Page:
A Long Way Gone

A Long Way Gone Summary

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A Long Way Gone begins in Ishmael Beah's early youth in 1993. A twist of fate leads Beah (along with his older brother and two friends) to leave their home village to practice for a talent competition in a nearby town on the eve of an attack by the Revolutionary United Front (RUF) on his home village of Mogbwemo. From that moment, chaos envelops Beah's life as he seeks news of his family and survival for himself and his companions.

Early in the RUF assaults, Beah learns of the rebels' horrific actions mostly through hearsay and rumor. He spends the first few chapters of the book attempting to find his way home but when he learns "home" has been wiped out, he seeks information about his family's well-being. Beah, his brother Junior, and his friends form a small party of survivors seeking to return to the peace they had once known. Even at this point, the RUF attacks have turned Beah from child to young adult whose priorities have shifted from a love of rap music to a need to survive through each day's difficulties.

Beah and his companions run into the rebels and are separated from one another. Alone, Beah comes to grips with dangers both physical (snakes, wild boars, food supply) and psychological (isolation and fear). He reunites with his previous companions only to discover that the village he believed the rest of his family to have taken refuge in has already been hit by the RUF and utterly destroyed.

Now deprived of hope that his family will ever be whole again, Beah is ripe for indoctrination into the government military structure. He is taken to a government camp and treated well at first; however, it becomes clear that the government is facing too strong an opposition in the RUF and must now recruit boys into its army. As part of their conditioning, the boys are given drugs (cocaine and marijuana), fed a steady diet of American action films (such as Rambo: First Blood), and rewarded for finding the most efficient way to kill an enemy.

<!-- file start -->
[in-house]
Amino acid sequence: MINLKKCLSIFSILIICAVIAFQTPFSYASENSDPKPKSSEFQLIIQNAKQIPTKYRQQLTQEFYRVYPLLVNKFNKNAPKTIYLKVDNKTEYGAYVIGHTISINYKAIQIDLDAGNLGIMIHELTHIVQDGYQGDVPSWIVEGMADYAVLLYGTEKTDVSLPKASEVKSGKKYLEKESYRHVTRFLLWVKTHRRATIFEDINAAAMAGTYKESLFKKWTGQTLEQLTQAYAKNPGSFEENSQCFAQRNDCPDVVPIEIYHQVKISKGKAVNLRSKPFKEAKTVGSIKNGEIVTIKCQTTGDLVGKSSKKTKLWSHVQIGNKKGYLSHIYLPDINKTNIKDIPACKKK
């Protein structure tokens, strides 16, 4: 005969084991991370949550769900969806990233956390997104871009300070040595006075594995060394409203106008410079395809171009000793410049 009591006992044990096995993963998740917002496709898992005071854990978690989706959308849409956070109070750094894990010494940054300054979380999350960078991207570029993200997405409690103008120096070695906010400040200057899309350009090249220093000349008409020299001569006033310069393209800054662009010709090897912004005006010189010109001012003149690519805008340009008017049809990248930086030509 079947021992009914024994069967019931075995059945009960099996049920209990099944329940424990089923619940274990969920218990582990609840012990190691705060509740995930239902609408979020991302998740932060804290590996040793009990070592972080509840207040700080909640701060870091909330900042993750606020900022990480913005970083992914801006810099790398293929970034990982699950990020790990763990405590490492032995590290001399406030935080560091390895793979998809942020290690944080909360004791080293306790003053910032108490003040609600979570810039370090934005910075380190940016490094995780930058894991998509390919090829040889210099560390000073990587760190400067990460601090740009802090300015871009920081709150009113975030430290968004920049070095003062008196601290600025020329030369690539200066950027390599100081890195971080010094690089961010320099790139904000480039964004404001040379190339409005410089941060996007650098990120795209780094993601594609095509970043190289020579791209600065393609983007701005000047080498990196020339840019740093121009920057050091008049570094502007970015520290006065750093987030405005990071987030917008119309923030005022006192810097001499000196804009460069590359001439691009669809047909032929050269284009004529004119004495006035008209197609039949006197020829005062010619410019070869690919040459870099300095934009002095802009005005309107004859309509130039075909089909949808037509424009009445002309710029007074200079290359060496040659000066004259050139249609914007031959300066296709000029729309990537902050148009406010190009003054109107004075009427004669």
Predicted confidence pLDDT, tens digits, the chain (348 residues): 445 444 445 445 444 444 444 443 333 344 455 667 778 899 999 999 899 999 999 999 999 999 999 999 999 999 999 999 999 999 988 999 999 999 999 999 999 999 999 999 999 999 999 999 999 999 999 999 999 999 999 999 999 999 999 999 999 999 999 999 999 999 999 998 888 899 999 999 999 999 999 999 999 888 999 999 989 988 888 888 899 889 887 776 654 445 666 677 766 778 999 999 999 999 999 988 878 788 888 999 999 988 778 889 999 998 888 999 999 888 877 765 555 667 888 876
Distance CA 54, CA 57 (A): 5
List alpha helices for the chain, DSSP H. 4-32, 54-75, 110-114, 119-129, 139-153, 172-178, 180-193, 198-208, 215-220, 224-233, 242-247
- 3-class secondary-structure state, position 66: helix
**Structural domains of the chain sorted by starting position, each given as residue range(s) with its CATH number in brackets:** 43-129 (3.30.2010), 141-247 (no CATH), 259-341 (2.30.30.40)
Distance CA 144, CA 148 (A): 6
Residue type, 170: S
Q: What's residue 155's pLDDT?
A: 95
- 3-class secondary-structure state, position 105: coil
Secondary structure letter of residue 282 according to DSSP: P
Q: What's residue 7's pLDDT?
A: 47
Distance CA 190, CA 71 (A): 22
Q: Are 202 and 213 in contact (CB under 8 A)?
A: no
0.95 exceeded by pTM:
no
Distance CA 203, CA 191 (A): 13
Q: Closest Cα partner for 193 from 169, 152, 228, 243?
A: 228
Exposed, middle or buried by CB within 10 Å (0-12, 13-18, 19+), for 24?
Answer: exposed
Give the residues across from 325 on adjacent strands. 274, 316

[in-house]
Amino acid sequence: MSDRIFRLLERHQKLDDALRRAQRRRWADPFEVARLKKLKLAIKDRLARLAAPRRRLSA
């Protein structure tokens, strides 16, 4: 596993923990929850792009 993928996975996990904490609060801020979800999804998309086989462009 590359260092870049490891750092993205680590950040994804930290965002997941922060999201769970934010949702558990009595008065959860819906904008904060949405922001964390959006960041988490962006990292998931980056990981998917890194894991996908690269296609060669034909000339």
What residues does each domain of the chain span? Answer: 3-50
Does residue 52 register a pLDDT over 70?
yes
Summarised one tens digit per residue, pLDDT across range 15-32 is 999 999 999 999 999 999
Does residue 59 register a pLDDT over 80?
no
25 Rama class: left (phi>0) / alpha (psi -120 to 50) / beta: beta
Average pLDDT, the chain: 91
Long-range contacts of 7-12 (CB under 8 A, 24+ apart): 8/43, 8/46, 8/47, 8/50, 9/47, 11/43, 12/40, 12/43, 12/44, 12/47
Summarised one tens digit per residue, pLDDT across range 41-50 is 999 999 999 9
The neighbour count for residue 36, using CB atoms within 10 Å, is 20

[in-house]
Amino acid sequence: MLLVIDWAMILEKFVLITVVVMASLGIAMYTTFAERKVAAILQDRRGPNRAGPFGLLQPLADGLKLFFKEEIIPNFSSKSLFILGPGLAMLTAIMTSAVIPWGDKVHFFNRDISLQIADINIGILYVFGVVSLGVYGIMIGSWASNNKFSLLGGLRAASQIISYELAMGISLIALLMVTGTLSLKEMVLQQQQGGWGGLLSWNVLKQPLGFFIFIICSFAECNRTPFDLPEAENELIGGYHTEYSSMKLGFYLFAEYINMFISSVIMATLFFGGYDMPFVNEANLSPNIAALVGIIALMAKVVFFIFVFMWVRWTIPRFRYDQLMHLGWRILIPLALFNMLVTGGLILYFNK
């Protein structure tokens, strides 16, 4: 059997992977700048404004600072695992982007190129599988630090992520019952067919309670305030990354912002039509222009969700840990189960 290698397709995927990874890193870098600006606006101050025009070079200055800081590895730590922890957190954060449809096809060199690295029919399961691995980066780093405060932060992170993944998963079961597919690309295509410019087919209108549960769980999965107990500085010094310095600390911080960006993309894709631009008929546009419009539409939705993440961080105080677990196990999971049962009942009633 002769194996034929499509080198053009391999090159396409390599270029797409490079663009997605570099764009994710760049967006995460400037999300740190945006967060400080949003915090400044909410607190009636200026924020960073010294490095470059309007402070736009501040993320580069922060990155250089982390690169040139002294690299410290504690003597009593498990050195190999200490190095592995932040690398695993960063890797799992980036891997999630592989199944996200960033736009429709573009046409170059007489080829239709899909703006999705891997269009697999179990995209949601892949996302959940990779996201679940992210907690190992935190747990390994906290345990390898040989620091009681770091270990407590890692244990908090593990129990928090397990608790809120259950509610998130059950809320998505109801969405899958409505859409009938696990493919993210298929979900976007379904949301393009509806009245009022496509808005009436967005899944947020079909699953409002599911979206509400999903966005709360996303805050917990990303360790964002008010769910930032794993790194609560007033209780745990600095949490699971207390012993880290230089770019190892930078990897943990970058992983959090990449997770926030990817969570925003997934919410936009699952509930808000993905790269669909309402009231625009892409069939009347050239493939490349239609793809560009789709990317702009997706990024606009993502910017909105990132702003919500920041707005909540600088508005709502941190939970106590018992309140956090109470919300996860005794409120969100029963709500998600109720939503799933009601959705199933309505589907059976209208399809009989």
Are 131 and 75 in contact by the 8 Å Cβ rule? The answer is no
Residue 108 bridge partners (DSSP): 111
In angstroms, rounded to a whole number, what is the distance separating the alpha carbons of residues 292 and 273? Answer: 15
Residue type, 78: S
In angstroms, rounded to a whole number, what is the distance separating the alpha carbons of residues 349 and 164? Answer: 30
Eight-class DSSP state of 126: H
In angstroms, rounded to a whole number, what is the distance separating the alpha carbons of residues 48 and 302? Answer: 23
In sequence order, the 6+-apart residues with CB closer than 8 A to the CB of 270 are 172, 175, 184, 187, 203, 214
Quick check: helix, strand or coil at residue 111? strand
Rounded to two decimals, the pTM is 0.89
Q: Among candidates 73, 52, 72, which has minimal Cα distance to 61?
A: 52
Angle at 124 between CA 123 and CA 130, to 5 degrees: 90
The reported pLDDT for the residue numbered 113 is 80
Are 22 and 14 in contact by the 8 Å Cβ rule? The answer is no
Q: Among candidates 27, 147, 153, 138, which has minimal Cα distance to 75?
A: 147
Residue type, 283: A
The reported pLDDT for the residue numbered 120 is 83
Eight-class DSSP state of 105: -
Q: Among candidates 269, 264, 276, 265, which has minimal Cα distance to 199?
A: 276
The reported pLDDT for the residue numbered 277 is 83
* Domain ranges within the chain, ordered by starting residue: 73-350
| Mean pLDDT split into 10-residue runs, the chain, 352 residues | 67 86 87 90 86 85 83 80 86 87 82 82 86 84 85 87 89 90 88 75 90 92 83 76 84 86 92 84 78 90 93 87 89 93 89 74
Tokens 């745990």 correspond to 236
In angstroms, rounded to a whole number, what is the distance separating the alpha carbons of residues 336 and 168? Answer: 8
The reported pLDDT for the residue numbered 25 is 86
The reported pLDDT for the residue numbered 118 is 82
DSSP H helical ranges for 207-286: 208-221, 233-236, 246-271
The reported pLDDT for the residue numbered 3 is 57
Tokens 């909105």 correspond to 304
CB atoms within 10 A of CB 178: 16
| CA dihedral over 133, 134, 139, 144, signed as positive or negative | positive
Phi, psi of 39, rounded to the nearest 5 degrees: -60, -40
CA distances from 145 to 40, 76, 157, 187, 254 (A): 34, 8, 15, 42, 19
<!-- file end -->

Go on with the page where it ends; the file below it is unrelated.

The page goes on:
For nearly three years, Beah becomes the very thing that appalled him before: a bloodthirsty, heartless killer. He and his unit commit the same atrocities that the RUF had perpetrated upon Beah's own village and neighboring towns. Beah becomes desensitized to his situation, living each day in a haze of drug-induced apathy and regimented bloodlust.

UNICEF intervenes, taking some of the more "promising" boys away from their life of military violence. At first, Beah cannot reconcile himself to the seemingly weak ways of the foreign UNICEF workers and the locals who interact with him at the UNICEF camp. Only through the constant efforts of Esther, a UNICEF nurse, to treat him as a human being, not a monster, is Beah able to reconnect with his emotional self and grieve the terrors he has both undergone and committed.

Beah is sent to live with his Uncle Tommy and his family in Freetown - then unaffected by the war. He struggles to assimilate among people who are happy all the time. He is unable to speak about his experiences out of fear of alienating his new-found connections.

Beah learns of an opportunity to speak to the United Nations and strives to obtain one of two spots on the delegation to be sent from Sierra Leone to New York City. Through perseverence, Beah obtains the position and is flown to the United States to address the UN in person. He marvels at New York City by night and is trained to better tell his story by day. Eventually, he speaks before the General Assembly, moving the UN delegates to take action condemning the RUF and seeking to aid the people of Sierra Leone. His speaking instructor Laura Simms gives him her contact information in case he ever needs more help.

When he returns to Freetown, the city is invaded by a combination of the army and the RUF. Many people die, including Beah's Uncle, and Beah himself does not think he is able of surviving another experience of war. Beah leaves his family again and becomes a refugee. He escapes to neighboring Guinea and contacts Laura Simms. Eventually, she adopts him and he relocates to the United States, where he completes his secondary education and eventually attends college.